The government is allocating nearly $6 million to a campaign to stop Australian beekeepers marketing their products as "mānuka" honey.
The Mānuka Honey Appellation Society is being granted $5.7 million through the Provincial Growth Fund, including a $1.7 million loan, to help in its bid to secure international property rights.
Regional Economic Development Minister Shane Jones accused Australian honey producers of trying to steal what was indigenous to New Zealand.
"The Aussies are trying to promote themselves as the owners of the mānuka honey brand. That is wrong culturally, that is a type of economic larceny", he said.
Mānuka honey sells for as much as $400/kg and has purported medicinal benefits.
The funding announcement follows the government giving its support to an industry push to trademark mānuka honey in China and shut Australia out of the market.
Mr Jones said the money would be necessary to meet "the costs of securing international recognition of the mānuka property right" and certification in key markets.
"Undertaking more research, promotion and developing a more cohesive commercial entity to hold whatever property rights are secured in the patent courts at an international level.
"But the most important thing for myself with the mānuka investors and the mānuka players is to ensure that no other country can filch and essentially steal.
"Mānuka represents a chance to expand jobs and wealth in regional parts of New Zealand and if the Crown doesn't step up and work constructively with our mānuka partners, there's a strong prospect that other international players will walk away with the bulk of the prize," Mr Jones said.
Mānuka Honey Appellation Society spokesperson John Rawcliffe said the government funding was "very significant".
He said getting certification marks was a very long journey, but they wanted to head down the path of Scotch whisky in protecting their product.
"The industry has made a massive commitment towards this, it's got support from all the industry but it needed some government support, it gives us the infrastructure for the industry to advance," he said.
Mr Rawcliffe said the grant element of the funding would go towards scientific research.
"The science surrounds not necessarily the definition but all the elements that support that mānuka is true to label. That means, is it from New Zealand, is it Leptospermum scoparium, and has it not been adulterated?
"So it's all of those other elements that make up and support the consumer that they're purchasing mānuka honey from New Zealand," he said.
Mr Rawcliffe said he believed this would actually be a good thing for Australian honey producers.
"They have unique honey, they have a unique position, instead of borrowing off of New Zealand's position they can develop their own. So in the medium to long term it is very beneficial to the Australian honey industry," Mr Rawcliffe said.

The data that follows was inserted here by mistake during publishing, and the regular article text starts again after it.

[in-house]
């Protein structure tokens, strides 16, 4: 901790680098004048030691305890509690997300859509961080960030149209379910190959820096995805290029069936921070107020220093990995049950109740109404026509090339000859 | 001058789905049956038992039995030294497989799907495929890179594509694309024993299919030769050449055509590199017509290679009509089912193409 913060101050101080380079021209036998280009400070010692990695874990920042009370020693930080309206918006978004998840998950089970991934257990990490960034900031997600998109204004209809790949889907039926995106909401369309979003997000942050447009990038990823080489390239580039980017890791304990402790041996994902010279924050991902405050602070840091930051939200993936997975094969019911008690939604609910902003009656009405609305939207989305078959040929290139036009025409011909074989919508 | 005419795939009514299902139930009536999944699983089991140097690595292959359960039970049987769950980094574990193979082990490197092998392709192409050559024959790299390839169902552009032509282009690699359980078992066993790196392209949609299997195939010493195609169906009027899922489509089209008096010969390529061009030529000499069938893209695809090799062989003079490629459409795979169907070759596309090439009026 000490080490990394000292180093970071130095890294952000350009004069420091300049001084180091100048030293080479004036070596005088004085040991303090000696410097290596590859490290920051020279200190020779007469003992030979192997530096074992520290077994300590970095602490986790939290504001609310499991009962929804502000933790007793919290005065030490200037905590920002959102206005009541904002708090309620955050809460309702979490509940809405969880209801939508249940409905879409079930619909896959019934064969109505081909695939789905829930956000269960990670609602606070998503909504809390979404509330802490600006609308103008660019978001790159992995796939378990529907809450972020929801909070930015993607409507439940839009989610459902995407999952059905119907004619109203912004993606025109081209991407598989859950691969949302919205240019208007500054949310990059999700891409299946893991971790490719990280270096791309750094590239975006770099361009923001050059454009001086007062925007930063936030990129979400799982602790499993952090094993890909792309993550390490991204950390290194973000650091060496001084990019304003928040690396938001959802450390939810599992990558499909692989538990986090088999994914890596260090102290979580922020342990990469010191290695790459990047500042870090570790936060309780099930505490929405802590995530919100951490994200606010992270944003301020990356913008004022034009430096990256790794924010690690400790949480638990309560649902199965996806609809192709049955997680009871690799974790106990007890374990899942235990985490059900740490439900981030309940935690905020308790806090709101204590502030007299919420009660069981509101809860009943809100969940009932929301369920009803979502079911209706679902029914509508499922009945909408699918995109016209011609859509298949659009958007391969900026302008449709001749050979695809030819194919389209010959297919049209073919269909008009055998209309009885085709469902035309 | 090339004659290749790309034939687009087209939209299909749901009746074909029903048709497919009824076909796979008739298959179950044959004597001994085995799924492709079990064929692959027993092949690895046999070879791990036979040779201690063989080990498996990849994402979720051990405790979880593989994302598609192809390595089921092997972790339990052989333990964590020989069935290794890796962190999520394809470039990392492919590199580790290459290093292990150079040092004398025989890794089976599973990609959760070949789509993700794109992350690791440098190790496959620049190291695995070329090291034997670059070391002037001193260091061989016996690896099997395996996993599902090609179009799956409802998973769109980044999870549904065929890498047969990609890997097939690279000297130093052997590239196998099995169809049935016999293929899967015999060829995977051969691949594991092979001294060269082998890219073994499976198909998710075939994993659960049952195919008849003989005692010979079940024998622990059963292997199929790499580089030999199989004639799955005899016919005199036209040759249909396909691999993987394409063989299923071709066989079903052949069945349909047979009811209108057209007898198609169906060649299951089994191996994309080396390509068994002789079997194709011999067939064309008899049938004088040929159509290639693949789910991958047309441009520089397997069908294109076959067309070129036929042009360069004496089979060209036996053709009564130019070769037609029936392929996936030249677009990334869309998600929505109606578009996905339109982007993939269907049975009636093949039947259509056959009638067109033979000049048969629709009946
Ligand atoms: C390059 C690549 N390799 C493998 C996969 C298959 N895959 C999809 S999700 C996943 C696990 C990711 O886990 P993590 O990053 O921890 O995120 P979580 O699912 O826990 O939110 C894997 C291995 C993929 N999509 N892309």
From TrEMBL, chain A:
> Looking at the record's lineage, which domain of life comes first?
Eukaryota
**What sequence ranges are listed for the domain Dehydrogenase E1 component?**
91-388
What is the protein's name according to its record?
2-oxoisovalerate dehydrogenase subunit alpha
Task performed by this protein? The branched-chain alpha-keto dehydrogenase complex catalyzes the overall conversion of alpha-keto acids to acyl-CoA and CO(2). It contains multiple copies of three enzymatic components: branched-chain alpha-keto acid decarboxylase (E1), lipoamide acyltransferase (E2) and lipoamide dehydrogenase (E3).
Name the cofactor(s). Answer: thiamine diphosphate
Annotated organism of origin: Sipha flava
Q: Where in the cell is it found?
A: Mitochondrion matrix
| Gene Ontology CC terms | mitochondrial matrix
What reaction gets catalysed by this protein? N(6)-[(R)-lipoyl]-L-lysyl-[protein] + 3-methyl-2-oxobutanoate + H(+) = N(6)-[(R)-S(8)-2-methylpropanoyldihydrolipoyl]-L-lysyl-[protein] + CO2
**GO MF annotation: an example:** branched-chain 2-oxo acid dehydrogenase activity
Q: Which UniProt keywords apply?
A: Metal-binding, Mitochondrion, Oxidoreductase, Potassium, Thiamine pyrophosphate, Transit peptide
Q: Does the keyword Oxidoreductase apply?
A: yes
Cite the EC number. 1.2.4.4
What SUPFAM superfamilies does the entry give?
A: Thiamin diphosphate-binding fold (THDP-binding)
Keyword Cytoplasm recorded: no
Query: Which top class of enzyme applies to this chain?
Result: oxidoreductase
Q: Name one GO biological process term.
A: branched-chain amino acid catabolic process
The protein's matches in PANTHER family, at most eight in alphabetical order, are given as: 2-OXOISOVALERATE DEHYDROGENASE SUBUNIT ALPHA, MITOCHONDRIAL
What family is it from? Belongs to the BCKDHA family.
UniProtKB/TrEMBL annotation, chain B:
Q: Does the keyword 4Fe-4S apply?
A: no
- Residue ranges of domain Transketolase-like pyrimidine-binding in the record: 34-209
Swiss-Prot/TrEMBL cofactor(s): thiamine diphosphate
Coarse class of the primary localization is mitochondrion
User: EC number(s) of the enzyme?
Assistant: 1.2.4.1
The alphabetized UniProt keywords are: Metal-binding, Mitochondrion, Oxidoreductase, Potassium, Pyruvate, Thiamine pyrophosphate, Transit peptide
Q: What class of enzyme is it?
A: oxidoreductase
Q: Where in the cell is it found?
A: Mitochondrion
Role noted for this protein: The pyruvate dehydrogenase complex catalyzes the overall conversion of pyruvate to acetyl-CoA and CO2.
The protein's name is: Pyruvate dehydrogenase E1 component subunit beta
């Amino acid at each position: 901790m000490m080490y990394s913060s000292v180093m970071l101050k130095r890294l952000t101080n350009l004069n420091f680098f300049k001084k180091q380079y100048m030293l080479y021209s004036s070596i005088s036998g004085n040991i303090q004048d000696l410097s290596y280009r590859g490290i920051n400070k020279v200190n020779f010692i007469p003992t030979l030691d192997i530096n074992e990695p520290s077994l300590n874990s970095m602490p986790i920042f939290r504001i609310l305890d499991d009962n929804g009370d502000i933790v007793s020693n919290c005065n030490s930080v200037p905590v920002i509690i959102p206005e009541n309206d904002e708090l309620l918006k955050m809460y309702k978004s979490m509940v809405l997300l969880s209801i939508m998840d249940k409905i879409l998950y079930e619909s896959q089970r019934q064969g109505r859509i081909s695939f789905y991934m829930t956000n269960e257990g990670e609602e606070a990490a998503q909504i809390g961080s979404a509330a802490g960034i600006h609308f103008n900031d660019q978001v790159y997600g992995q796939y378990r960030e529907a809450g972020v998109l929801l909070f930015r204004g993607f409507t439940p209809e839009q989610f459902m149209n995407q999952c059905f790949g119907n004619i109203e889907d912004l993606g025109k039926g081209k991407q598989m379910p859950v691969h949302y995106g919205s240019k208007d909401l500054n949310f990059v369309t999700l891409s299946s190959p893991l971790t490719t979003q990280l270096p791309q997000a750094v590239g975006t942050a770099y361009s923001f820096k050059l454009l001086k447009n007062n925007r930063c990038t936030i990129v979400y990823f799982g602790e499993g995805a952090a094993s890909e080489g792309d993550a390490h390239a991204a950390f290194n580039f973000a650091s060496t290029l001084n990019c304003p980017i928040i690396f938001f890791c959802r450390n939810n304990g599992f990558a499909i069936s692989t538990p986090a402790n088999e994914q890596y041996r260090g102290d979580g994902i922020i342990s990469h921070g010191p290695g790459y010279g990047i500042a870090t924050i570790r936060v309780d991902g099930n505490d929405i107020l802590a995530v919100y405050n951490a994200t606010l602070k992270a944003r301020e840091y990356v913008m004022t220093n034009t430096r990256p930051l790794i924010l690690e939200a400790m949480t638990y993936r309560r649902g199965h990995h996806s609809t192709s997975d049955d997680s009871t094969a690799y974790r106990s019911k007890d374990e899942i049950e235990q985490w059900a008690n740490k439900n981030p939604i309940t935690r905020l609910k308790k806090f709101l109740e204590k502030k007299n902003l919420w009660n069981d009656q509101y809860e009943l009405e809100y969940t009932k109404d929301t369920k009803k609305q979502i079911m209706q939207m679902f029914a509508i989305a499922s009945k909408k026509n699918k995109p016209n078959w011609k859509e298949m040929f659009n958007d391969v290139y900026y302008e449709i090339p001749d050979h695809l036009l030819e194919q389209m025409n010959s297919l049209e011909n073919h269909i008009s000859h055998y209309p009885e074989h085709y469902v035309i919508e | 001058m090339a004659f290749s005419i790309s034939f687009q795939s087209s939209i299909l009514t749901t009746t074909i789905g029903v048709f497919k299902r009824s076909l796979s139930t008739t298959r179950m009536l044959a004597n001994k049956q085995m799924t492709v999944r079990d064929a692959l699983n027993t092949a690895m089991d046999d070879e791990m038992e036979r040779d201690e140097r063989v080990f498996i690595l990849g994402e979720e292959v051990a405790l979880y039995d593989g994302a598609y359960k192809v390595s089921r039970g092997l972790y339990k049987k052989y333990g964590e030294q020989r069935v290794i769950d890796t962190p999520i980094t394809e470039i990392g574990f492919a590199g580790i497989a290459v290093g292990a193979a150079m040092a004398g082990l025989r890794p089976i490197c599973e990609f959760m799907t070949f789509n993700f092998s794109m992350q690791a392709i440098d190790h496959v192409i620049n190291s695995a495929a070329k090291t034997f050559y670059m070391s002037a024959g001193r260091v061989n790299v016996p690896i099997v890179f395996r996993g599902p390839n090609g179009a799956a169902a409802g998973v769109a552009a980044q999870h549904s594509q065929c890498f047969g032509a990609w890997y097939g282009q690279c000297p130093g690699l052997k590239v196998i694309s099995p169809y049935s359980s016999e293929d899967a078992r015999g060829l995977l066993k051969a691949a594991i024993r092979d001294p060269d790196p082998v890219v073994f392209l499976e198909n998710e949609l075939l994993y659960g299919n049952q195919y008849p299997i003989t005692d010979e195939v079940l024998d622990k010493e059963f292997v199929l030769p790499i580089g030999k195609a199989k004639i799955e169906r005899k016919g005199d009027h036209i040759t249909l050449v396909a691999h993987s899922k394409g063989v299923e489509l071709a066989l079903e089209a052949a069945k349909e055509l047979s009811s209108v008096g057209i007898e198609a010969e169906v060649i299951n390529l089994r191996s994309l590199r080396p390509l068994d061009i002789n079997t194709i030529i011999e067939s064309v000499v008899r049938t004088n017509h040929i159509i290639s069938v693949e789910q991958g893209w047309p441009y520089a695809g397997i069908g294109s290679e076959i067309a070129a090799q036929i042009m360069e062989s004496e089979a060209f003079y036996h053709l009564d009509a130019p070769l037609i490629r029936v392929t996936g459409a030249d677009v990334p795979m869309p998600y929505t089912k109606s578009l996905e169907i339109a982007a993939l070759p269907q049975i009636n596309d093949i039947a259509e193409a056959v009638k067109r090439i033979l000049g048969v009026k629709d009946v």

Mr Jones said this was an attempt to bolster the fortunes of all mānuka investors in New Zealand - and he said he would not let any disputes from hāpu about the ownership of mānuka derail that.
He said he's confident that the bulk of the mānuka players were on board.
"The mānuka brand and the mānuka tree does not belong to any single Māori tribe and if we continue to acquiesce and indulge in regional disputes between different tribes we will wake up and find the Aussies, the Chinese, the Americans have purloined the majority of the wealth because we couldn't get our act together," Mr Jones said.
In response to the New Zealand claims, Australian honey growers said they never wanted to fight with New Zealand producers on this matter.
Instead they wanted to work together with New Zealand honey makers, to jointly promote a product they could all benefit from.
But since they were knocked back, and the New Zealand Government became involved, there was no alternative for them but to go to the Australian Federal Government seeking support for themselves at a political level.
Paul Callander of the Australian Manuka Honey Association would not say what if any offer of help he had got in Canberra.
But he was determined to press on to safeguard an industry that was important to large numbers of beekeepers, packers and exporters.
And he rejected a suggestion that Australians did not have the right to take over a Māori word like mānuka and use it for themselves.
"I am not sure it's just a Māori word," Mr Callander said.
"I think it is found around the world in different languages, with different connotations.
"There is no macron over the 'a" with the Māori manuka word that they have applied to CTM (Community Trade Mark).
"We have got a lot of beekepers, packers and exporters and manufacturers involved with this.
"We have been shipping Manuka honey for over a decade and it is not something we intend to stop."